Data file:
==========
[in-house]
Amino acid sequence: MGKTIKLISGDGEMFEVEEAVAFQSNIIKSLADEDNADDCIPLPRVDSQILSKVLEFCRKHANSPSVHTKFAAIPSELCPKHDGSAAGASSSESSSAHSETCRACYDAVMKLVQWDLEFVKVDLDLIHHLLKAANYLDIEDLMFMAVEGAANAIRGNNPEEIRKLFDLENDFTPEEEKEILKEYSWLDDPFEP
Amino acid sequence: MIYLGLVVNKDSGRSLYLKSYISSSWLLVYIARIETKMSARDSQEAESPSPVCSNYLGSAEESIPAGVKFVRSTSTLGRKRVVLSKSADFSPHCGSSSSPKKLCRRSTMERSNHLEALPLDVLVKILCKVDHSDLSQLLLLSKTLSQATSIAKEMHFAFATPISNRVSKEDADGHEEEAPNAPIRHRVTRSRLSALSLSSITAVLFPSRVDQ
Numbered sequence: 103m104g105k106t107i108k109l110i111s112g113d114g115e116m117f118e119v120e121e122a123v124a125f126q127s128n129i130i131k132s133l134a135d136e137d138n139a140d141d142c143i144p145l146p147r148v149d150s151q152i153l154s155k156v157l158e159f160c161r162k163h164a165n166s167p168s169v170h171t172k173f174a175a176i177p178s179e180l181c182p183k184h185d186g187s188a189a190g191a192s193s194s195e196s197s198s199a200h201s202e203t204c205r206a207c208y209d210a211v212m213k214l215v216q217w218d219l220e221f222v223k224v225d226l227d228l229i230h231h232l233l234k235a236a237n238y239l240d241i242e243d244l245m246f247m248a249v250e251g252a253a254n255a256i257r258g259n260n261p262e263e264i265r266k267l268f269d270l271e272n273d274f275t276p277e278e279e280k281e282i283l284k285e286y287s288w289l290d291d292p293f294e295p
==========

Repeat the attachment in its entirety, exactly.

[in-house]
Amino acid sequence: MGKTIKLISGDGEMFEVEEAVAFQSNIIKSLADEDNADDCIPLPRVDSQILSKVLEFCRKHANSPSVHTKFAAIPSELCPKHDGSAAGASSSESSSAHSETCRACYDAVMKLVQWDLEFVKVDLDLIHHLLKAANYLDIEDLMFMAVEGAANAIRGNNPEEIRKLFDLENDFTPEEEKEILKEYSWLDDPFEP
Amino acid sequence: MIYLGLVVNKDSGRSLYLKSYISSSWLLVYIARIETKMSARDSQEAESPSPVCSNYLGSAEESIPAGVKFVRSTSTLGRKRVVLSKSADFSPHCGSSSSPKKLCRRSTMERSNHLEALPLDVLVKILCKVDHSDLSQLLLLSKTLSQATSIAKEMHFAFATPISNRVSKEDADGHEEEAPNAPIRHRVTRSRLSALSLSSITAVLFPSRVDQ
Numbered sequence: 103m104g105k106t107i108k109l110i111s112g113d114g115e116m117f118e119v120e121e122a123v124a125f126q127s128n129i130i131k132s133l134a135d136e137d138n139a140d141d142c143i144p145l146p147r148v149d150s151q152i153l154s155k156v157l158e159f160c161r162k163h164a165n166s167p168s169v170h171t172k173f174a175a176i177p178s179e180l181c182p183k184h185d186g187s188a189a190g191a192s193s194s195e196s197s198s199a200h201s202e203t204c205r206a207c208y209d210a211v212m213k214l215v216q217w218d219l220e221f222v223k224v225d226l227d228l229i230h231h232l233l234k235a236a237n238y239l240d241i242e243d244l245m246f247m248a249v250e251g252a253a254n255a256i257r258g259n260n261p262e263e264i265r266k267l268f269d270l271e272n273d274f275t276p277e278e279e280k281e282i283l284k285e286y287s288w289l290d291d292p293f294e295p